Waley's version:
Genji felt very disconsolate. It had begun to rain; a cold wind blew across the hill, carrying with it the sound of a waterfall--audible till then as a gentle intermittent plashing, but now a mighty roar; and with it, somnolently rising and falling, mingled the monotonous chanting of the scriptures. Even the most unimpressionable nature would have been plunged into melancholy by such surroundings. How much the more so Prince Genji, as he lay sleepless on his bed, continually planning and counter-planning.

Seidensticker's version:
Genji was not feeling well. A shower passed on a chilly mountain wind, and the sound of the waterfall was higher. Intermittently came a rather sleepy voice, solemn and somehow ominous, reading a sacred text.
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47 of 52 people found the following review helpful By Jadepearl VINE VOICE on December 31, 2003
Format: Paperback
The strength of this translation is the introductory information that provides necessary background of both the text and the world that Genji inhabits. Much more than either the Waley and the Seidensticker versions and the footnotes are copious as well. Which makes this translation good for students and classroom study. I would still recommend Ivan Morris' book, _The World of the Shining Prince_ as supplemental information about Heian Japan but Tyler has provided a very good start with his work including very useful genealogical charts.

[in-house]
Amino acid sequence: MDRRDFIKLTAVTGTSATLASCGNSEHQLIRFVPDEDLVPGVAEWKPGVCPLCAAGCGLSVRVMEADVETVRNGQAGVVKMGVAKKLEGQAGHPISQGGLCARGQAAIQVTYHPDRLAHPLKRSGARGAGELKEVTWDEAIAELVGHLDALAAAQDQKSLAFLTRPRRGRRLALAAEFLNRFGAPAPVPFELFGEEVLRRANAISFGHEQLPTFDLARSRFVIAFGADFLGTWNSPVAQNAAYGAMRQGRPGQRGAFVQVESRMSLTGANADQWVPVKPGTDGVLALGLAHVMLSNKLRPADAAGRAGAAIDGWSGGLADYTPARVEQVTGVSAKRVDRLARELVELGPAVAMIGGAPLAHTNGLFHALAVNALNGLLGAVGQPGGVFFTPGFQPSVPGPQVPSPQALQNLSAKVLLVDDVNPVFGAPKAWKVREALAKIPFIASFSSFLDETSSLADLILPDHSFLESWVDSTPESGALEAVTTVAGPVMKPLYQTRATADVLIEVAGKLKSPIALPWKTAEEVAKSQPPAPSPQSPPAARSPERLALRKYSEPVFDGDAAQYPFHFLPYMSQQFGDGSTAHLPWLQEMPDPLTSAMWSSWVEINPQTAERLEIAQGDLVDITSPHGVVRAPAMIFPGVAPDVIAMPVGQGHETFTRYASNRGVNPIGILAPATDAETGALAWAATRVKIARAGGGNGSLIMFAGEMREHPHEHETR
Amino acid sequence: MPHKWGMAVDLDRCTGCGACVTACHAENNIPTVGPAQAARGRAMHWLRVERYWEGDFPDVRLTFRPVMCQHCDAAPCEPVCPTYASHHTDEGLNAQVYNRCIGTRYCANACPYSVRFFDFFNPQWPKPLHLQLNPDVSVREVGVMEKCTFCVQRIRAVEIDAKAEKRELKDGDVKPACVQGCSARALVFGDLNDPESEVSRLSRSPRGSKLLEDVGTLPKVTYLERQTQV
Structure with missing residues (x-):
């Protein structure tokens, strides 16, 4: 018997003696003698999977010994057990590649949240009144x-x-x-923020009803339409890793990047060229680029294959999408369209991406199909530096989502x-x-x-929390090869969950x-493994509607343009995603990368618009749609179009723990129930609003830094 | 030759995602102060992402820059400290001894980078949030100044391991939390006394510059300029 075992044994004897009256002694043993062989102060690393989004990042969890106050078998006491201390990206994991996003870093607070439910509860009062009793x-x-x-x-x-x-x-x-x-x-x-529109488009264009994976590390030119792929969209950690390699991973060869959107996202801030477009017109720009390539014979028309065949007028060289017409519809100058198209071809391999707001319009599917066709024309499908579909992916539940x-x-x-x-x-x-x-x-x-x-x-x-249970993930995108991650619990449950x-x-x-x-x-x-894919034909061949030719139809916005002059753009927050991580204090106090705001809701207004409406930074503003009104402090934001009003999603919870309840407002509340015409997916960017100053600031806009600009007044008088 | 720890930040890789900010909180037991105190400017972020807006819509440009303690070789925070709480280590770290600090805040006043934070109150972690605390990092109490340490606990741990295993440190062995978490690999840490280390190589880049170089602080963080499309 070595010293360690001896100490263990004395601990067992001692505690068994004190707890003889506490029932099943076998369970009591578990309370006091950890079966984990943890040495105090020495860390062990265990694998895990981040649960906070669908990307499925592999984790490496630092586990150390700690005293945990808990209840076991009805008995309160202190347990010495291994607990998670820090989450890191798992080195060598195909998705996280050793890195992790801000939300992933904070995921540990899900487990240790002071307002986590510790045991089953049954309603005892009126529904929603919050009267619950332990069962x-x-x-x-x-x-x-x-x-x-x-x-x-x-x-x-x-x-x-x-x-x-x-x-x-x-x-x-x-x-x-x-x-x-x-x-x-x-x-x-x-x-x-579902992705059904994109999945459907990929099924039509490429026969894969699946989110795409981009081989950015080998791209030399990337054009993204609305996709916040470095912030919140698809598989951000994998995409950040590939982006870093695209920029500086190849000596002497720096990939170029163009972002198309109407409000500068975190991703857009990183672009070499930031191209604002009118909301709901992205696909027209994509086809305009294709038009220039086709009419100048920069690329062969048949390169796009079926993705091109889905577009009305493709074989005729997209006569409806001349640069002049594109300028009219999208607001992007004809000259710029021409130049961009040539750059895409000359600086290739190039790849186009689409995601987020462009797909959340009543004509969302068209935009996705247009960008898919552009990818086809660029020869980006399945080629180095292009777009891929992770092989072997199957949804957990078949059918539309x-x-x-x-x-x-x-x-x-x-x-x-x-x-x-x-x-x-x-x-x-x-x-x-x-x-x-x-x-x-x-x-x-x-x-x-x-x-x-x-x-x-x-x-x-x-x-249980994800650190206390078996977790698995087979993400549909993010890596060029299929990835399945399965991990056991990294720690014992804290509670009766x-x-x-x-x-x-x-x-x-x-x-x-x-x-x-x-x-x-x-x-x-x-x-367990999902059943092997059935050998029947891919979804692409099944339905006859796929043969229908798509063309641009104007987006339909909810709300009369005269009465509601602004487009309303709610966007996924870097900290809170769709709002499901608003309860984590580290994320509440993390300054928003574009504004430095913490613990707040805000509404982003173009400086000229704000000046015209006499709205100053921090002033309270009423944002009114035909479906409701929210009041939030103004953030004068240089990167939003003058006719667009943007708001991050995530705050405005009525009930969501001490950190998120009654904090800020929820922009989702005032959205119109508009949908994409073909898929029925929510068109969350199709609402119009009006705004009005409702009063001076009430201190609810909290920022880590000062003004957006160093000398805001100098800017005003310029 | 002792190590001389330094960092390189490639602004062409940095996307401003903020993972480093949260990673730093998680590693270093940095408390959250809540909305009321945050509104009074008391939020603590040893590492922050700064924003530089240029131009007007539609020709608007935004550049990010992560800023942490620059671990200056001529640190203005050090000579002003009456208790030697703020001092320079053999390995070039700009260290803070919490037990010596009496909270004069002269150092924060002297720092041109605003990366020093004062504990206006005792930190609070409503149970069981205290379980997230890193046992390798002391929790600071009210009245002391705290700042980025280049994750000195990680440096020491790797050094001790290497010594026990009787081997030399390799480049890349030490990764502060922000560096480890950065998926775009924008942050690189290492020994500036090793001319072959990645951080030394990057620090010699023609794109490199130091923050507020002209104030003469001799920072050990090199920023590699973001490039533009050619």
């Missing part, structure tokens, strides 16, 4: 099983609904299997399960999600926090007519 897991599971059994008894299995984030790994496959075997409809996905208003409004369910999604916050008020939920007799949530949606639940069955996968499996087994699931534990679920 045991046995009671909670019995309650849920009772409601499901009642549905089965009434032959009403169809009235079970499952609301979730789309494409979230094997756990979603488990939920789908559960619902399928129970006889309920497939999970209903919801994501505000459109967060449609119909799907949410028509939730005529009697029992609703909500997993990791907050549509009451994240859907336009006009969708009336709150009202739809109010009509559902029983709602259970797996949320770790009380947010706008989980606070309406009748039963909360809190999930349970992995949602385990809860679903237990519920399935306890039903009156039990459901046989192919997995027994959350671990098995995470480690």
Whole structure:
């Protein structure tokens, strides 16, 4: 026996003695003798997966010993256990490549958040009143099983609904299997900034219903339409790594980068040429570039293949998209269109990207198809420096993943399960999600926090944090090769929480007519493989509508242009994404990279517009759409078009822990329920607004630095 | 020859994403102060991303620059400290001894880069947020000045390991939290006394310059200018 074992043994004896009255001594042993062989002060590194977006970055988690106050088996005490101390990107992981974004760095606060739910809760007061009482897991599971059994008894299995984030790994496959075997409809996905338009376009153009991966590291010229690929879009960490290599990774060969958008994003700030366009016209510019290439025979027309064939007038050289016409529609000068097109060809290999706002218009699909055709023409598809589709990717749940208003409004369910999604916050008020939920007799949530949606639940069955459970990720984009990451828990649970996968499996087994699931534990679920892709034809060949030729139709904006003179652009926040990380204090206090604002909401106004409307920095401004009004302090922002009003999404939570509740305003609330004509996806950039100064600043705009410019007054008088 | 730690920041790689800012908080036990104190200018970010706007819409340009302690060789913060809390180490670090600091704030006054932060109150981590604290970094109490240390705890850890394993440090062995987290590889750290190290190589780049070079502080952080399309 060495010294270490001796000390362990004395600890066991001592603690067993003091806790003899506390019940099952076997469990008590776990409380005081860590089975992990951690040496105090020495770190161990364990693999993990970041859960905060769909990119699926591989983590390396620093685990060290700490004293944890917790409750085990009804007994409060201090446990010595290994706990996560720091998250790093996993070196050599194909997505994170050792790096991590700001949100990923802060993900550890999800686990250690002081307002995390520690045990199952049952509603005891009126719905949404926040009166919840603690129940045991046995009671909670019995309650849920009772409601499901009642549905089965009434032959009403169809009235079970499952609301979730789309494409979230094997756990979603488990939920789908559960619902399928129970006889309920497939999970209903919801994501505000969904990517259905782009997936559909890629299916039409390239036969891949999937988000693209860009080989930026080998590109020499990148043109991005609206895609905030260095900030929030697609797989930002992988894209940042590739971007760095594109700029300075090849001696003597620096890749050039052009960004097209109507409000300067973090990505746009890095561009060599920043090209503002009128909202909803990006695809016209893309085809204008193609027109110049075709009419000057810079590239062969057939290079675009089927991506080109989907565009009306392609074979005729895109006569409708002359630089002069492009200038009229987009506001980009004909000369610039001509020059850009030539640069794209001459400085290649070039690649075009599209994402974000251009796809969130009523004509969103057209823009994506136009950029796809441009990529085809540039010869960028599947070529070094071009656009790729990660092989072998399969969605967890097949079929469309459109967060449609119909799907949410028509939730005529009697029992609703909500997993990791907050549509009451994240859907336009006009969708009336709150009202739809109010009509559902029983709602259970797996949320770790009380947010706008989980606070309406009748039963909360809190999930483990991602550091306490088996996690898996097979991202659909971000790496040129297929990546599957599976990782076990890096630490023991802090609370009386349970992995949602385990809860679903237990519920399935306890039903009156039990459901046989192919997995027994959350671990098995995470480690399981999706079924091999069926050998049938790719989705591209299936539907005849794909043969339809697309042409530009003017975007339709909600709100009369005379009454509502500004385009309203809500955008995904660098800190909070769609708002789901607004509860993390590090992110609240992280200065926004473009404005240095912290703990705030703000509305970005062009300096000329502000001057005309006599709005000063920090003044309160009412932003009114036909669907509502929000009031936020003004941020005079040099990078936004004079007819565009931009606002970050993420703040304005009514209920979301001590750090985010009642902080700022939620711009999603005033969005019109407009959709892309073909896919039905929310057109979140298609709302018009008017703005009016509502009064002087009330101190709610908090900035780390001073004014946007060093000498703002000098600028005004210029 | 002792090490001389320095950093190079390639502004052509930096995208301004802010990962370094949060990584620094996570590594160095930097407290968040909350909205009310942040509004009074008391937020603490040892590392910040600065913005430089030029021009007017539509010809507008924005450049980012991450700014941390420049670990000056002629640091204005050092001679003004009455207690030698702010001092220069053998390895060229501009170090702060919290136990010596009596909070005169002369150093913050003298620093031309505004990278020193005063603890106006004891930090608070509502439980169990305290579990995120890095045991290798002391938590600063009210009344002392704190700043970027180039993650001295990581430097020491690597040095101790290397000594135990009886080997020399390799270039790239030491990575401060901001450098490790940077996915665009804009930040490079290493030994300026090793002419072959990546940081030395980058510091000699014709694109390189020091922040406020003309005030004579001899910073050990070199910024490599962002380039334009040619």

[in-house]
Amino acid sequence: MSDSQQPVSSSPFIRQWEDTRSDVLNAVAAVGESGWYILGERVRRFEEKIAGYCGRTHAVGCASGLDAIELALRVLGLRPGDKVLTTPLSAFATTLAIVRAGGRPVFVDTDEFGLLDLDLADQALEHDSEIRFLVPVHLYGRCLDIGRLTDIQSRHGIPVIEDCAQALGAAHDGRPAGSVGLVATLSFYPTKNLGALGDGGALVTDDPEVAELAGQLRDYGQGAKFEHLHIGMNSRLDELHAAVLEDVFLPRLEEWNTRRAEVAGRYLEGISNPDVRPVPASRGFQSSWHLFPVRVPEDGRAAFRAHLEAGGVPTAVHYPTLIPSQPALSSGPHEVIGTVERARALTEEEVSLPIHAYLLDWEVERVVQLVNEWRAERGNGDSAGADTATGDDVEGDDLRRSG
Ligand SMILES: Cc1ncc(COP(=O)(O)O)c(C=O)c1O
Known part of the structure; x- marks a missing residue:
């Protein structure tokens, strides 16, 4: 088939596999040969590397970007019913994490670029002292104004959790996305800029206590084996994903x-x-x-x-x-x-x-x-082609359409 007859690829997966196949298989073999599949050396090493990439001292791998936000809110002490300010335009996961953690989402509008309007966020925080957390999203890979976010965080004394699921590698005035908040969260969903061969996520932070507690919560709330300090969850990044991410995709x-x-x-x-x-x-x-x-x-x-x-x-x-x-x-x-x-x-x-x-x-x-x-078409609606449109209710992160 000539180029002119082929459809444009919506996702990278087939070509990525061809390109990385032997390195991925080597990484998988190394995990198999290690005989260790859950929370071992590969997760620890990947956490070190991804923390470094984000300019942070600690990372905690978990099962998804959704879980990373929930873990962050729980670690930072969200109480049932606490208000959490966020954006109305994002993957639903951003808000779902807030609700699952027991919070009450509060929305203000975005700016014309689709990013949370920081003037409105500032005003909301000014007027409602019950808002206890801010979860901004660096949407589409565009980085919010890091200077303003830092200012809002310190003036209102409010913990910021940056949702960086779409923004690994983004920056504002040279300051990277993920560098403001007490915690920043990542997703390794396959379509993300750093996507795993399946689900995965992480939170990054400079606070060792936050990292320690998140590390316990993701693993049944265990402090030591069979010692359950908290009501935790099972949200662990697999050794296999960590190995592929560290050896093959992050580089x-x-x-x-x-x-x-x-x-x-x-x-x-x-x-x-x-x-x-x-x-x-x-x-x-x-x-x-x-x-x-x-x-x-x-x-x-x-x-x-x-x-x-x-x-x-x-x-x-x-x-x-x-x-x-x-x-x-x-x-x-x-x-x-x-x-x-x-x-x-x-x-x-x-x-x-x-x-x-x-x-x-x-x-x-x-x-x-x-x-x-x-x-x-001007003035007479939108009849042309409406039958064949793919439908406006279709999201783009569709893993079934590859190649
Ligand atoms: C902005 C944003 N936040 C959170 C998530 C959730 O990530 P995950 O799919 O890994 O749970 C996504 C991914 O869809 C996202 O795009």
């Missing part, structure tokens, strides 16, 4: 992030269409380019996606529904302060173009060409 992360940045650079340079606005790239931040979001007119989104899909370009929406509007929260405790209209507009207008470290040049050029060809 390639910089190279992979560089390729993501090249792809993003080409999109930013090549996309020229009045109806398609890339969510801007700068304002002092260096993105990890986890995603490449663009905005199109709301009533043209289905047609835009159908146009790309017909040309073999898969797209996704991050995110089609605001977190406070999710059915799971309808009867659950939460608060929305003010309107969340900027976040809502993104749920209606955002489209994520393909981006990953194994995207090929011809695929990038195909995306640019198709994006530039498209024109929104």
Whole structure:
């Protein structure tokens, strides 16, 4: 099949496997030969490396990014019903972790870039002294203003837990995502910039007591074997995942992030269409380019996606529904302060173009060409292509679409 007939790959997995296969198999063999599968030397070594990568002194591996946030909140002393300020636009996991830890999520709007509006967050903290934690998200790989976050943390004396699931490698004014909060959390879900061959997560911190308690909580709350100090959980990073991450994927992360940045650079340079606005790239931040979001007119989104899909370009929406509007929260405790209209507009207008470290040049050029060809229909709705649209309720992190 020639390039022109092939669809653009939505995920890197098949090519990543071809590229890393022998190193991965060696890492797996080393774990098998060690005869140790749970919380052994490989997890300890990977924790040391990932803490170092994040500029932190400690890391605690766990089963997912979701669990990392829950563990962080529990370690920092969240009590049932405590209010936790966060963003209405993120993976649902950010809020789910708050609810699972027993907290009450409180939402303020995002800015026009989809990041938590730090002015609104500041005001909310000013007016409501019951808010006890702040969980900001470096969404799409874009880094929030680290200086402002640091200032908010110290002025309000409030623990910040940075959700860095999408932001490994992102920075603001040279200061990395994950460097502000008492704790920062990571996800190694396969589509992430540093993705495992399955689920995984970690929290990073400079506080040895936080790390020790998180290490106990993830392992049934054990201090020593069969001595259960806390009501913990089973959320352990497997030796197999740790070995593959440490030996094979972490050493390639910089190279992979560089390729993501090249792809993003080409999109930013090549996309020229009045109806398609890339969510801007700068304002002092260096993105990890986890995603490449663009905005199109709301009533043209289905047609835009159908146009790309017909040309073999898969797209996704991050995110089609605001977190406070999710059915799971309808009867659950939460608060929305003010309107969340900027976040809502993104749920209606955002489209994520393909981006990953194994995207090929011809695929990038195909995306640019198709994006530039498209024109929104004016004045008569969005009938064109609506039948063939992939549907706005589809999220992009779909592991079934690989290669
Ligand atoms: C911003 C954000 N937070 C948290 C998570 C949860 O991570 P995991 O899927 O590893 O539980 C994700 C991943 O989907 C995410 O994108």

The illustrations are generous and found throughout the book. Seidensticker had larger illustrations but slightyly less of them whereas Tyler has opted for smaller. One of the flaws of this particular version is the fact that the illustrations are not done as well as the Seidensticker 2 volume set or even the one volume Knopf version. This flaw I place more due to the publisher who has not printed the text as cleanly e.g., ink blots and slight blurring of illustrations and incomplete pressing, as I would have expected. This flaw is found in the more expensive 2 volume hard back set as well. Another thing to consider in the paperback version is the the binding is not the best and will not stand to brutal backpack/book bag wear.
The more useful study volume is definitely Tyler's with his chronology, geneaology charts, informative introduction, footnotes, clothing and color background, offices and titles, and summary of poetic allusions.
It is a very good addition to the collection but do give a swing through both the Waley and the Seidensticker translations as well. Waley for the beautiful language (missing various chapeters) and the Seidensticker (obsessively correct). The rare 19th century partial translation done at Oxford by a Japanese student is a moot issue though interesting for the collection.